Oregon Caves Chateau - Page 12

(Continued from previous page.)
Pages:  Intro & Index  1  2  3  4  5  6  7  8  9  10  11  12
Photos taken in June 2004.

In addition to the Chateau, Oregon Caves National Monument has some fine examples of CCC built landscape, as well as three more historic buildings grouped around the cave entrance in Oregon Caves National Monument. These form a designated historic district.  The buildings are The Chalet building (1942, park visitor center, housing, offices), The Chateau (1934, the Guest Lodging and Restaurant building), The Ranger Residence (1936?), and the old Guide's Dormitory (1927, with major additions in 1940 & 1972, it is now vacant due to safety issues.)   Plus there are the caves, but you can find lots of pictures of them elsewhere.

Oregon Caves Landscape 

Most of the landscape at Oregon Caves National Monument was constructed by the Civilian Conservation Corp between 1934 and 1943. Materials used were either from the park, or selected to appear to be from the park. This creates a harmony between the constructed landscape and the surrounding natural features.  

This is a retaining wall that holds the roadway up above the Trout Pond.  It is constructed of marble blocks, "dry laid", that is, the wall is constructed by fitting the blocks carefully together so they interlock without mortar.

NPS-Rustic Style 

The style of landscape architecture used here at Oregon Caves is commonly referred to as "NPS-Rustic". (NPS means National Park Service.) Keep in mind that contrary to most people's beliefs, landscape architecture is more than plant selection and placement. Particularly when used by the NPS, landscape architecture incorporates all aspects of the visual landscape, including the placement of all man-built structures in relationship to the natural surroundings. So the NPS-Rustic landscape architecture style includes building exterior appearance, road layout and design, bridges, walls, walkways, and plant selection and placement. Within the park service a landscape architect is often the lead designer of the human use facilities of a park, determining where everything man-made in a park will be located and what it will look like. This is not meant to undercut the contributions of architects and engineers. Architects and engineers work closely with the landscape architect, often providing a "reality check" as to what is possible, and fleshing out the details. It is a closely coordinated team effort.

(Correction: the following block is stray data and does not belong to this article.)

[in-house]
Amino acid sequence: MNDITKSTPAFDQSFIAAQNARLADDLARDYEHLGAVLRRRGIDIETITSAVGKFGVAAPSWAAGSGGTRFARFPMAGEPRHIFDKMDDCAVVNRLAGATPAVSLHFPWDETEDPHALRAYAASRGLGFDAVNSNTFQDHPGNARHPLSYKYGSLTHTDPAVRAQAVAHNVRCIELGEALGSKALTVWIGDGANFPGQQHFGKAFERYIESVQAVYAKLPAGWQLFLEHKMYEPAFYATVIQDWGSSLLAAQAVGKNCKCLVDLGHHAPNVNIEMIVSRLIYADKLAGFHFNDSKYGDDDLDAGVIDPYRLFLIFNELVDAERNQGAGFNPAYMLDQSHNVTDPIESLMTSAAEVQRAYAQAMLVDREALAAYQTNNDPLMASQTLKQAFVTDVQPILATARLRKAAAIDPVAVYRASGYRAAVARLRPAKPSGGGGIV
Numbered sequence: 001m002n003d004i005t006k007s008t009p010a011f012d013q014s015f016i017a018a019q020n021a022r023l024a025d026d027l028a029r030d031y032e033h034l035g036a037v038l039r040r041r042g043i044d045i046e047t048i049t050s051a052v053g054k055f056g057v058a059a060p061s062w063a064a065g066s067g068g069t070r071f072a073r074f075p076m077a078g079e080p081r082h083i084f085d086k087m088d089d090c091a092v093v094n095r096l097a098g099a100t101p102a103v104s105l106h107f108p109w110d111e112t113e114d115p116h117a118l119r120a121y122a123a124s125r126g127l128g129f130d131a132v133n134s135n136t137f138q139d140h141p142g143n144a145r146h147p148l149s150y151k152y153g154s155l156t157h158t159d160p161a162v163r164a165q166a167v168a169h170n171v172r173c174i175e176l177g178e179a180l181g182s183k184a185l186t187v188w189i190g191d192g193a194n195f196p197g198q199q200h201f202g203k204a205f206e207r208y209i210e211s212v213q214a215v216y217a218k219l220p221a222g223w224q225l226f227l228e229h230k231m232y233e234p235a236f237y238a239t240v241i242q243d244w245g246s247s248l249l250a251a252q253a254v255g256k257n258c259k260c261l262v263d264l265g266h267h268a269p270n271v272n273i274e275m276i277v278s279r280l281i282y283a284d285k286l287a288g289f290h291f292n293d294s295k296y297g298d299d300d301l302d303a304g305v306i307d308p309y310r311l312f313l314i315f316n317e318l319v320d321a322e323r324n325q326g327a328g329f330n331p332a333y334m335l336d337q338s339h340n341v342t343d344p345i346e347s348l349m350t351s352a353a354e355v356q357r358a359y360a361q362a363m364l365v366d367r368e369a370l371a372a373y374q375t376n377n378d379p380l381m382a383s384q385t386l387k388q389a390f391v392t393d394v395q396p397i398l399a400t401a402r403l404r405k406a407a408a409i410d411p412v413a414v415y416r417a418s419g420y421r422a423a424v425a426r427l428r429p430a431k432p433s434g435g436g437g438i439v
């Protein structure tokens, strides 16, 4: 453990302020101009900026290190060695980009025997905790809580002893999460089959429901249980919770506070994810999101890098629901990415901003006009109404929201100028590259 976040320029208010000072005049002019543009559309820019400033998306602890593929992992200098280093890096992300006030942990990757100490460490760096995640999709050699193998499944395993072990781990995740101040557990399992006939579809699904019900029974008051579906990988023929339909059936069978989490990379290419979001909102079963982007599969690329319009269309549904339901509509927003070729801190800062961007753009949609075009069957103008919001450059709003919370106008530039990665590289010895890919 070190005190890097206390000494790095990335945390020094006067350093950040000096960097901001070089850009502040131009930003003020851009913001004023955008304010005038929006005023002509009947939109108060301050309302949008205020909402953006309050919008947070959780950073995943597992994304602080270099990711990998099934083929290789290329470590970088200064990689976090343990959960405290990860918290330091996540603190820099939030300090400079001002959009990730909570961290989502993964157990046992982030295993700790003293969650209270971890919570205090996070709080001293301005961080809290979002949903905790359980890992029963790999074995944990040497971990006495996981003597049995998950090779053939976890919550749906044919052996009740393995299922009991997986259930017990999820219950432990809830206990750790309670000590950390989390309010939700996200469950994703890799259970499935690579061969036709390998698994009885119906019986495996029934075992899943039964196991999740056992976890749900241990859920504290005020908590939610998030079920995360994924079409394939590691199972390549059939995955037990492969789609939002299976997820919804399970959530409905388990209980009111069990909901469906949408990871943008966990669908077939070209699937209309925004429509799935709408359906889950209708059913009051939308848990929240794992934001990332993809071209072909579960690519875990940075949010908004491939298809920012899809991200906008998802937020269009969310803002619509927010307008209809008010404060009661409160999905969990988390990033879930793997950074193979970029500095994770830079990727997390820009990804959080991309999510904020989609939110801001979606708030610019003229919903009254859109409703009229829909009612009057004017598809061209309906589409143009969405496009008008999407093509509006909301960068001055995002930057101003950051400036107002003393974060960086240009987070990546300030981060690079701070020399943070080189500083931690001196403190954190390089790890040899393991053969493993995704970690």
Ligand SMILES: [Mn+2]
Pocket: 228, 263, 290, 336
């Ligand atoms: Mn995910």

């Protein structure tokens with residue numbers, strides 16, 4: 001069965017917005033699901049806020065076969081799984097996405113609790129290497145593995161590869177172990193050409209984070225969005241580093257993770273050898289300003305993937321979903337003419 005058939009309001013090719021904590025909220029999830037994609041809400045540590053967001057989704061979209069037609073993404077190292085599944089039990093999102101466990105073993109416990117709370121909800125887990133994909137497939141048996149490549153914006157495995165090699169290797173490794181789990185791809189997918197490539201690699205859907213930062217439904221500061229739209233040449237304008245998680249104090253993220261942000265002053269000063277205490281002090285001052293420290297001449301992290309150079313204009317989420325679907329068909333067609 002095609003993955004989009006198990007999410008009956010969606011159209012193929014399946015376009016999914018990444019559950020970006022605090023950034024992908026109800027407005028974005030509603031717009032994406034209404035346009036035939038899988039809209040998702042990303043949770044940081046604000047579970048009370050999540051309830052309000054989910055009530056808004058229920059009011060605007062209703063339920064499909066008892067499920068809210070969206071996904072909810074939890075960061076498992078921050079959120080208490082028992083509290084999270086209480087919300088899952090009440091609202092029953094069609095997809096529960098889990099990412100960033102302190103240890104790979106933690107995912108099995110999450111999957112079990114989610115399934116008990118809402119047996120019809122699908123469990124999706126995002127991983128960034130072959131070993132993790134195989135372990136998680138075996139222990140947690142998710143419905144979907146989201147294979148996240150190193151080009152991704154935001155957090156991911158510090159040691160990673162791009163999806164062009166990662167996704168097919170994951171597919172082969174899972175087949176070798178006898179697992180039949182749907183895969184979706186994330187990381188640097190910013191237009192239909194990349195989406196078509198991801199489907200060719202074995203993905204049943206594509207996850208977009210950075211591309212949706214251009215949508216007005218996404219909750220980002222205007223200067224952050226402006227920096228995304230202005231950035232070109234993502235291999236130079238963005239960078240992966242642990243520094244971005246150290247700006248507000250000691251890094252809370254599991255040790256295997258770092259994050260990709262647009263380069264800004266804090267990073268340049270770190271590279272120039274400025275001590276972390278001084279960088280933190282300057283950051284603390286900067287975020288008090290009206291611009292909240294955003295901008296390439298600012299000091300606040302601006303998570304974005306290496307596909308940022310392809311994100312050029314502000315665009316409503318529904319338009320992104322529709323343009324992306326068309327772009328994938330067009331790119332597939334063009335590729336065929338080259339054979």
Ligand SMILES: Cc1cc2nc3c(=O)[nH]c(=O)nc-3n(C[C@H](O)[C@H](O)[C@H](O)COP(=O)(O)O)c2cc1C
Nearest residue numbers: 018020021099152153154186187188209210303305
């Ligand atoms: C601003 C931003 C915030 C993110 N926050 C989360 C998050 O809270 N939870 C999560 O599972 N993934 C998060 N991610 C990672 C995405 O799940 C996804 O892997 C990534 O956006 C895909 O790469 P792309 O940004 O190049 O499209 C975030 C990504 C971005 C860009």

Details extend to even small features, like this fire hose building which is set into the hill side and covered with cedar bark for a rustic appearance. Almost all of the buildings at Oregon Caves are sheathed with cedar bark.

The NPS-Rustic style of landscape is defined by: Intensive use of hand labor to construct structures. The almost total rejection of regularity and symmetry in design. The extensive if not exclusive use of building materials that are native to the area. The idea of the NPS-Rustic style is to create man-made features that blend into, and become part of the natural environment. Look at the photos on this page and notice how few straight lines there are. Walls, walkways and roads have curving edges. This is based on the theory that "nature abhors a straight line". This is somewhat of a misstatement, abundant examples of straight lines do exist in nature. Even so, the minimal use of straight lines creates a appearance that is relaxing and very pleasing to the eye.

Paving the trails reduces soil compaction which damages roots and reduces erosion. Note the rock retaining walls on either side of this trail.